On Tuesday, the commissioners approved a fiscal 2009 budget amendment to eliminate $93,000 of state funding for the project and take over the venture with 100 percent county funding.
"I'm glad we're not moving away from this project," said commissioners' Vice President Edith J. Patterson (D), whose District 2 includes Bryans Road.
Approved in 2001, the Bryans Road-Indian Head sub-area plan was designed with the future development of the area in mind, said Amy Blessinger, a planner with the county.
About 175 acres were approved for mixed use zoning, which allows for higher density with an emphasis on both business and residential use.
"The point is to have people live where they work and shop," Blessinger said.
Within this area, the intersection of routes 227 and 210 became the focus for a town commons, and until recently, the area planned for the project included state right of way for the two state highways.
Patterson said the right of way's location meant the county's funding for the project could be — and was — matched by the state.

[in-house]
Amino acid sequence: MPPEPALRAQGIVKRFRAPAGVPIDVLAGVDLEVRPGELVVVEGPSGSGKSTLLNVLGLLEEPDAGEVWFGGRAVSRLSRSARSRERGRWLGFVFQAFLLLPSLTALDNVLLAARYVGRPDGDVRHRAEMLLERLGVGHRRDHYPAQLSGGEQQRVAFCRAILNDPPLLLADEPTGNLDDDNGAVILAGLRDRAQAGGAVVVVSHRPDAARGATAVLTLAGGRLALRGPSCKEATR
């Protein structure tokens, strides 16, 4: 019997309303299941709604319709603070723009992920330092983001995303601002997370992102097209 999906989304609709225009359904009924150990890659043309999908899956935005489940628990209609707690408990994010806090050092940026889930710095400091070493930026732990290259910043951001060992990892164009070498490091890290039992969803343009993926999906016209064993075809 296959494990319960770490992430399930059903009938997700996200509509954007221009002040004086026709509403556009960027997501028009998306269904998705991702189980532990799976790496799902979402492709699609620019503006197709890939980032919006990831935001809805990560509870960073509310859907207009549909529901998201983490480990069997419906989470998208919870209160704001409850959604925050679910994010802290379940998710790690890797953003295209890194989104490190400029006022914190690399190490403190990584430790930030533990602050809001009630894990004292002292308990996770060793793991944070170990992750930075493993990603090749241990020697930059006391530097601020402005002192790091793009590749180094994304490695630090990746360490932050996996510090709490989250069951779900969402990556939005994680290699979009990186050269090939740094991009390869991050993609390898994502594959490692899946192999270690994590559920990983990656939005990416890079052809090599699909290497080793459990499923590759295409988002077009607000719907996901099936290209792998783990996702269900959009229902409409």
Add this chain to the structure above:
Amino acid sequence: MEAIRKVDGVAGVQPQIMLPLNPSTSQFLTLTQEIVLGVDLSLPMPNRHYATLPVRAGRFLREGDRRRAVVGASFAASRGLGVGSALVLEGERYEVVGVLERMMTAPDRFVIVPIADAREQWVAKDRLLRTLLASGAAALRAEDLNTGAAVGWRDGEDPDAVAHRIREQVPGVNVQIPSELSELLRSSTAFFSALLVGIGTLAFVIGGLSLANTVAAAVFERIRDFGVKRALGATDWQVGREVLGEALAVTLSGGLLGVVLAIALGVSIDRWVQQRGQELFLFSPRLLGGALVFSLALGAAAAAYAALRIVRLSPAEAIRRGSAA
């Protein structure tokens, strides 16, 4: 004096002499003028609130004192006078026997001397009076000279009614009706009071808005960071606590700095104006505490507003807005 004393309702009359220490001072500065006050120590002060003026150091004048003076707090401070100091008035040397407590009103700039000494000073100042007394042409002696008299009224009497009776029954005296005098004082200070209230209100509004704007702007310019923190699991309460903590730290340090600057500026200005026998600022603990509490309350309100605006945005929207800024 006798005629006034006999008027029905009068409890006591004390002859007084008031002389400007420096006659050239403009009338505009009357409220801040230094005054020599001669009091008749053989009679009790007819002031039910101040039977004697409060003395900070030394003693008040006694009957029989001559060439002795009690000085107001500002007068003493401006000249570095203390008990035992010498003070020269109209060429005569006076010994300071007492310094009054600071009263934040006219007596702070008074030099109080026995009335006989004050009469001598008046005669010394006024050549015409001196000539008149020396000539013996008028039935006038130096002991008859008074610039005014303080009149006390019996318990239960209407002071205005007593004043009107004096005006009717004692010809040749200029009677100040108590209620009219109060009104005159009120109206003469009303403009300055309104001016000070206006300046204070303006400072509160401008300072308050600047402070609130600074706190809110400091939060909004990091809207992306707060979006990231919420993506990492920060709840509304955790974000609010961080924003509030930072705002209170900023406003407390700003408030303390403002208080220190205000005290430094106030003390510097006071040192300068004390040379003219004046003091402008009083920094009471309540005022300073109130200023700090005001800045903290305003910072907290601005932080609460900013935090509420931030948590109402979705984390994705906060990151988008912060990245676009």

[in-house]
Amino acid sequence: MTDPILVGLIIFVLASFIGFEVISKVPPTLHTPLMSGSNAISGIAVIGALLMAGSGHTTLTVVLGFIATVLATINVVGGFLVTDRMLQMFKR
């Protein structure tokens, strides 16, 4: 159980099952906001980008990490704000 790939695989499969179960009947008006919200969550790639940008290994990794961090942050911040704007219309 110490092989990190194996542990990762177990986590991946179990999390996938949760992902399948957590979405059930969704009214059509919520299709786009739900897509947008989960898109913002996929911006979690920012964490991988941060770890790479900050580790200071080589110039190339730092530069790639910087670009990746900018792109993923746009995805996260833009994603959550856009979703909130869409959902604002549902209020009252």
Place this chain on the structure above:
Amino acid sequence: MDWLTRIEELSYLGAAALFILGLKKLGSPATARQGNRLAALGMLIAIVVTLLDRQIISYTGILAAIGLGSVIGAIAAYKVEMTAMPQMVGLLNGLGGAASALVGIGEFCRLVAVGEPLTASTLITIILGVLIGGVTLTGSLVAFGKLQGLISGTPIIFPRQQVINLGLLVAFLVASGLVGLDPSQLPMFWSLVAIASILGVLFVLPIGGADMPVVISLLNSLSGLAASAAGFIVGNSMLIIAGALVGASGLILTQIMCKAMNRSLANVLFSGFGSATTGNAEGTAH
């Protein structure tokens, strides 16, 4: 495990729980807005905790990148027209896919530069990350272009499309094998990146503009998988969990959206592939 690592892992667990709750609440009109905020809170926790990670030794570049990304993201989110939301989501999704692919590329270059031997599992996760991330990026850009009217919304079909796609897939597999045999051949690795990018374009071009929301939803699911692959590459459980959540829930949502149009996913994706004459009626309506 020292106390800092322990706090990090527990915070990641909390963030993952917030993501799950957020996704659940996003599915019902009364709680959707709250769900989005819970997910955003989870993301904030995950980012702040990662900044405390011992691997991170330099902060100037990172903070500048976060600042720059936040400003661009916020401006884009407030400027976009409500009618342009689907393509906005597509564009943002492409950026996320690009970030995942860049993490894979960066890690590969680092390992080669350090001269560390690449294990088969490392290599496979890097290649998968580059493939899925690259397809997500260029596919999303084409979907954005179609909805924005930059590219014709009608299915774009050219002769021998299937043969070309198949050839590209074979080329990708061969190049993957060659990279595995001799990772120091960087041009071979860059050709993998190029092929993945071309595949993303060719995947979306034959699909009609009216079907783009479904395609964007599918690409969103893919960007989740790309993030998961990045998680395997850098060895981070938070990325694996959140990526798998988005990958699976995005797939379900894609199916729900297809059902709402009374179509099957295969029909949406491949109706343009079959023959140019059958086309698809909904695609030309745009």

However, the focus of the project has shifted.
As the years have progressed, impervious surfaces within the area have begun to age, and a parking lot southwest of the 227/210 intersection is in need of a retrofit, said Charles County Department of Planning and Growth Management Director Chuck Beall Jr. That area does not include the right of way.
When an area like a parking lot ages, the pavement or blacktop can create a dangerous environment for stormwater runoff.
By retrofitting these spaces, older surfaces are given a second chance to do their jobs, and the environment has added protection against the runoff.
"This retrofitting will eventually help Mattawoman Creek," Patterson said.
Beall said the Bryans Road town commons project will now be done in conjunction with the retrofitting of the parking lot.
"We're still providing the same common area, but we're able to save money …" Beall said.
"We don't need state funds to finish this project."
Beall said the designs for the commons will be finished by late 2009.